Which Joe gave his name to ‘sloppy joes’? We look at five interesting sandwiches and their lexical origins.
- ‘At this some male chauvinist of the village started feeling worried about her knowledge and activities and started backbiting and accusing her of being a member of a banned outfit.’
- ‘Instead of attending to their work, your workmen waste their time in gossip and backbiting about you.’
- ‘Everyone seems to be plotting and backbiting against everyone else in the local Labour party, which makes identifying the source of the whispering campaign extremely difficult.’
- ‘Each one knows what the other one thinks, and each one knows who is backbiting about whom, but an unknown thread still ties this group together.’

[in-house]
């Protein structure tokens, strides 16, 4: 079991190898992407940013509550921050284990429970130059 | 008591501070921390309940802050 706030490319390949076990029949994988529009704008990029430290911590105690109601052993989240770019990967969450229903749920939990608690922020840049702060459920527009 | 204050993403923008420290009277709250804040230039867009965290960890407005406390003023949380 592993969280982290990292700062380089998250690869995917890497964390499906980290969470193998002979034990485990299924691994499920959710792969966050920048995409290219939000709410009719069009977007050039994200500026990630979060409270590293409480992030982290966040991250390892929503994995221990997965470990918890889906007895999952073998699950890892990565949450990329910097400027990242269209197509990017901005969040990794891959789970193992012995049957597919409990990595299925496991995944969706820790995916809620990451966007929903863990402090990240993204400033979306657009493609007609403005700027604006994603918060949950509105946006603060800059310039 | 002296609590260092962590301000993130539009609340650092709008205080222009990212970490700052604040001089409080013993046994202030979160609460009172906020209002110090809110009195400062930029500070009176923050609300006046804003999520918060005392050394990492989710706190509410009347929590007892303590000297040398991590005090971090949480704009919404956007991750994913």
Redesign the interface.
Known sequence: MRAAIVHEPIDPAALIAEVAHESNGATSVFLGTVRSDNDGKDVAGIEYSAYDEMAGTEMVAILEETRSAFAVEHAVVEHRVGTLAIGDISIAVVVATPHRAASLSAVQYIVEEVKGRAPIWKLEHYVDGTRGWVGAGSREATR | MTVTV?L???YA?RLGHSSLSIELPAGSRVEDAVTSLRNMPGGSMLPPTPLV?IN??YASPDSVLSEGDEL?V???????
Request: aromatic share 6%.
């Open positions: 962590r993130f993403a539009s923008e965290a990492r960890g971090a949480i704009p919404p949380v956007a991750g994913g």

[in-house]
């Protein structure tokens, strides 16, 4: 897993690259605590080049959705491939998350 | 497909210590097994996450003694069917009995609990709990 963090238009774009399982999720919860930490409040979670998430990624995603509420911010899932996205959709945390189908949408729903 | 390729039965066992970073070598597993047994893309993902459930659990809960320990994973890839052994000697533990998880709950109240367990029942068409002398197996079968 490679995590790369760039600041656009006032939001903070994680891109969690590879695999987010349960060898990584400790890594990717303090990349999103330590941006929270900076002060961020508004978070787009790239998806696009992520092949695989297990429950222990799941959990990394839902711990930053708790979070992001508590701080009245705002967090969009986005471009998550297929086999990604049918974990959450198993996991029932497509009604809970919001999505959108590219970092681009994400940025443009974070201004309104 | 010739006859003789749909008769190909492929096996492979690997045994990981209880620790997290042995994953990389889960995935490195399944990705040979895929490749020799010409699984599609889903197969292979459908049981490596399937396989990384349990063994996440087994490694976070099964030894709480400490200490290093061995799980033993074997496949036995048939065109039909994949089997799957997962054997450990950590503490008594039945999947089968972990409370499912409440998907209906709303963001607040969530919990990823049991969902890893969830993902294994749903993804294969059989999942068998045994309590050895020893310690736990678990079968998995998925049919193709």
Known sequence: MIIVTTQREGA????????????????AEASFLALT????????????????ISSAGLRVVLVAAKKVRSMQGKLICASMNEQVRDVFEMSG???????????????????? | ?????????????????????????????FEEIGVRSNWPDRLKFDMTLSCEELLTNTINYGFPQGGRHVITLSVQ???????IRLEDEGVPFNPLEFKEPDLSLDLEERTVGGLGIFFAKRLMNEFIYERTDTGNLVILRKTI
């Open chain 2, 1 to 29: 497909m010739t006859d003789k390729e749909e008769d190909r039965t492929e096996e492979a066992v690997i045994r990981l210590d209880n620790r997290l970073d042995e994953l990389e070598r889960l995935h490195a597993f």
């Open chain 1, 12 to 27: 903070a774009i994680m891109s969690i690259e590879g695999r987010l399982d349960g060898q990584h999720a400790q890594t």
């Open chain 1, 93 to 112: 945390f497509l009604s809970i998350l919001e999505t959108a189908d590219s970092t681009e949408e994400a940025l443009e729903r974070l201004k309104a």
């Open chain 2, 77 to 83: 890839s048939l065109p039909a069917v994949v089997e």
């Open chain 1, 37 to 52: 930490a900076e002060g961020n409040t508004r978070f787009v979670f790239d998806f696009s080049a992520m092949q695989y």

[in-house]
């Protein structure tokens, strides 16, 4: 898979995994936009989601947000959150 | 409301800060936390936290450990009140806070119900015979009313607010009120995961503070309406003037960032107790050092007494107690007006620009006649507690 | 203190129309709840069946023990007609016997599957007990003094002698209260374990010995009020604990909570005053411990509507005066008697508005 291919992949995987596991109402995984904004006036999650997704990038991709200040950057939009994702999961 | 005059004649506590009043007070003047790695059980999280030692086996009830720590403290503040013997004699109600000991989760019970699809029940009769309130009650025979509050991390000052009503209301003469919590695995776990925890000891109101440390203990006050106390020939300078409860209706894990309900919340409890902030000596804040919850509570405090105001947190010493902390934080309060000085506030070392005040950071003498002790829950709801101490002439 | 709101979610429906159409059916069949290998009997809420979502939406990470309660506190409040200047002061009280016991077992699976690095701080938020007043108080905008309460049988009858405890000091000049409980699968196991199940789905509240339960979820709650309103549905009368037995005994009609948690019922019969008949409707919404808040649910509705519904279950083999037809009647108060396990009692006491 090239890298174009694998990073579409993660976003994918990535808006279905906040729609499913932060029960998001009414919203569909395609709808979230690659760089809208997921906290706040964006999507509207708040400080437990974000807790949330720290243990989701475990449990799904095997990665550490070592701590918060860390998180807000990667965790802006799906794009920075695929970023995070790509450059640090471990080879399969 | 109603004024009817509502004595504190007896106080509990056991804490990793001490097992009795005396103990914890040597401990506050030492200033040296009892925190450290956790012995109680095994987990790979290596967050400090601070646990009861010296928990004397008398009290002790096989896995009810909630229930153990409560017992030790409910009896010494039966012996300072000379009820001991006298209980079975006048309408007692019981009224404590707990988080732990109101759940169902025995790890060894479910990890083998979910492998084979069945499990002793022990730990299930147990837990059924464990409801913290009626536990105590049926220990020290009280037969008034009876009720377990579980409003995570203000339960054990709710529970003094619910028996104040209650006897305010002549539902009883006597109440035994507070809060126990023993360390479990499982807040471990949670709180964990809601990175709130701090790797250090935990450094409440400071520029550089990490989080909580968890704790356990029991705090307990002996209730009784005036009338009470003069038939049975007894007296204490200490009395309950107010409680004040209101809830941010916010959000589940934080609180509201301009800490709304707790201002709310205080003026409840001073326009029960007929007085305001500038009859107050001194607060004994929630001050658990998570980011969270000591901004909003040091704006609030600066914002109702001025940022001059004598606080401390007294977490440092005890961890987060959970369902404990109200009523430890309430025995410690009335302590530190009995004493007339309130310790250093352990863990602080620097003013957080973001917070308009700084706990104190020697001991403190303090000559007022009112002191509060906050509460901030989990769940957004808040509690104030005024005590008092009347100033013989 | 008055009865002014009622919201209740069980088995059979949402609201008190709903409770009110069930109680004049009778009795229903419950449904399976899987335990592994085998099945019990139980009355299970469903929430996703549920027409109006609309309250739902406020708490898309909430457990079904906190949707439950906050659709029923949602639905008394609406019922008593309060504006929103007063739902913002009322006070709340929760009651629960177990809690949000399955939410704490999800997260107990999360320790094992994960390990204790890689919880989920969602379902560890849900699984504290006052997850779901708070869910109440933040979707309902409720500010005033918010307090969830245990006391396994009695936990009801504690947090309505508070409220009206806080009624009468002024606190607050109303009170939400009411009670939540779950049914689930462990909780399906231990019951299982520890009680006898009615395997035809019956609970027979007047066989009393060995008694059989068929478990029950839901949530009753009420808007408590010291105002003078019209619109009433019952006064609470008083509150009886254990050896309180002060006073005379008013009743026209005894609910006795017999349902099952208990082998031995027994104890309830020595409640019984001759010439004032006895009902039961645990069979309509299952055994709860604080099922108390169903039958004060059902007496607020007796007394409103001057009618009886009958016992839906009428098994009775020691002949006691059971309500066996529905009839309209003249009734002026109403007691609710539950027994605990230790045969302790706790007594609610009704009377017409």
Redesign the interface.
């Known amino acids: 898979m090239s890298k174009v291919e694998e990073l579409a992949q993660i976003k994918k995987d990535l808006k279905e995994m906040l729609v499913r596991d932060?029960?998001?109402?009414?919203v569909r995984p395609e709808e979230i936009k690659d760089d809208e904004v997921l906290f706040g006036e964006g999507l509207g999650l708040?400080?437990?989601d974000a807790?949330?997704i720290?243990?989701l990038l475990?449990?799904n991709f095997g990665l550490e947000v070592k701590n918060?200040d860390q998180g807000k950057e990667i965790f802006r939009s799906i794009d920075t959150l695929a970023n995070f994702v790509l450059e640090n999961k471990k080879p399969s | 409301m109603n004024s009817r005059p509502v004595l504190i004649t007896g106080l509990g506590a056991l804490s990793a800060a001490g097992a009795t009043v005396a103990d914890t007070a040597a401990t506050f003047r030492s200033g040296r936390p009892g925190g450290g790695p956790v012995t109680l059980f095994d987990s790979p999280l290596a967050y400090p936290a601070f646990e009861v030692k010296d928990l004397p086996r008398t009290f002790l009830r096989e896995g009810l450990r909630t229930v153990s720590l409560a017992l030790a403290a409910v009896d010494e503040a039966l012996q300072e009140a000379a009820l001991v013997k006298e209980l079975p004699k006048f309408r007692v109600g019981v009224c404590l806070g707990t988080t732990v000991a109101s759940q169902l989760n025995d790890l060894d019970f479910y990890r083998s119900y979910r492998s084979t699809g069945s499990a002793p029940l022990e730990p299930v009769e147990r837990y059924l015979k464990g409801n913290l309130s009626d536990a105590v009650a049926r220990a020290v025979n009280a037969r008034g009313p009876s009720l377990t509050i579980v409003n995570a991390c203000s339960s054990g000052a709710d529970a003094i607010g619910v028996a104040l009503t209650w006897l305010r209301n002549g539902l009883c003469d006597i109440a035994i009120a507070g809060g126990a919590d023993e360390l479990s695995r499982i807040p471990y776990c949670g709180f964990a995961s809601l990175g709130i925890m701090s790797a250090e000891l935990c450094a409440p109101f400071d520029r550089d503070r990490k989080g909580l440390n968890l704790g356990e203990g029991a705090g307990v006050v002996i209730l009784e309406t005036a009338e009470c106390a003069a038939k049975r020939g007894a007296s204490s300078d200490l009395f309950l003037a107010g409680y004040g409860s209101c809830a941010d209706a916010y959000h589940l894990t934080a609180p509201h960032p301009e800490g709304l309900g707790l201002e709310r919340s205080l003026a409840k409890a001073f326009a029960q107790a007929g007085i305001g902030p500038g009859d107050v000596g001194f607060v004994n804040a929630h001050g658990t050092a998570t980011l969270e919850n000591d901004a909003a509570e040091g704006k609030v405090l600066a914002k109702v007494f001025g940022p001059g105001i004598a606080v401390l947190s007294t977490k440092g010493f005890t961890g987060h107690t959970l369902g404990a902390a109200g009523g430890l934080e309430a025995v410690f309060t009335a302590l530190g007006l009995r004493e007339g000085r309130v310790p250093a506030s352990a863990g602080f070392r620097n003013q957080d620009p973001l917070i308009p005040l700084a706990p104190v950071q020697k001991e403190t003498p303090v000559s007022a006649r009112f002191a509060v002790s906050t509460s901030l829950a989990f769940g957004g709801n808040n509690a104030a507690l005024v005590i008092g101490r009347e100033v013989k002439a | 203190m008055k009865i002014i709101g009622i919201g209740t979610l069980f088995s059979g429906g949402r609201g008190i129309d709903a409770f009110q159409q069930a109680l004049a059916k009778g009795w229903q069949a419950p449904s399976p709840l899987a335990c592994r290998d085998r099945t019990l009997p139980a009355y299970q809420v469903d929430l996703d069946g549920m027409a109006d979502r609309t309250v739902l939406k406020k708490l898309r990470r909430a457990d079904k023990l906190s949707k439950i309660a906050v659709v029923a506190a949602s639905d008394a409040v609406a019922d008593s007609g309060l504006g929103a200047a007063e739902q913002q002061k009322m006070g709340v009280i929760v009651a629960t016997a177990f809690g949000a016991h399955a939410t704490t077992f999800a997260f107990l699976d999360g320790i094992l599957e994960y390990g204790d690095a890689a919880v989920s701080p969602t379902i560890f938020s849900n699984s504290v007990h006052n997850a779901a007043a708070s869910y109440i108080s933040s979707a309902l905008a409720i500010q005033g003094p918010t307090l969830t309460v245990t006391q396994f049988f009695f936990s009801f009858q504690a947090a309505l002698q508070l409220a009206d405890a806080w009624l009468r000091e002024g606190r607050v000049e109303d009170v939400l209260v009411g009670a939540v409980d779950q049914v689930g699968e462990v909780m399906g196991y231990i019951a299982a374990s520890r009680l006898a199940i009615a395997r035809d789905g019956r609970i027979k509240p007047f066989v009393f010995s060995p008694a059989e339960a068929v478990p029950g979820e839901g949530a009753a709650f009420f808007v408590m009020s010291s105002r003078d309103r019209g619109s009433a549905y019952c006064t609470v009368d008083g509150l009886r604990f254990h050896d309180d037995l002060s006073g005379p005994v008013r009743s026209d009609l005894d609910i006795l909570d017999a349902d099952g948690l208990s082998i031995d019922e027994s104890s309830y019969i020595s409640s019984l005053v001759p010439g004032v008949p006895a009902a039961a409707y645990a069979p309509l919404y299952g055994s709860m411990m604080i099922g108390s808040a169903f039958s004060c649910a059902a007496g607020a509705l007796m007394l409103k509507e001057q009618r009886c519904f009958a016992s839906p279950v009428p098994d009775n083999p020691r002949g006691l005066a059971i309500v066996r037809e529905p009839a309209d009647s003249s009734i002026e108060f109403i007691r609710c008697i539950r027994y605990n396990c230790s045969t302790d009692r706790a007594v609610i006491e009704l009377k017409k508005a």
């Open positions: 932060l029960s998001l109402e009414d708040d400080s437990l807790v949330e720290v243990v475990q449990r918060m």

- ‘But their friendship did not last long as both were backbiting each other on numerous issues.’
We take a look at several popular, though confusing, punctuation marks.
From Afghanistan to Zimbabwe, discover surprising and intriguing language facts from around the globe.
The definitions of ‘buddy’ and ‘bro’ in the OED have recently been revised. We explore their history and increase in popularity.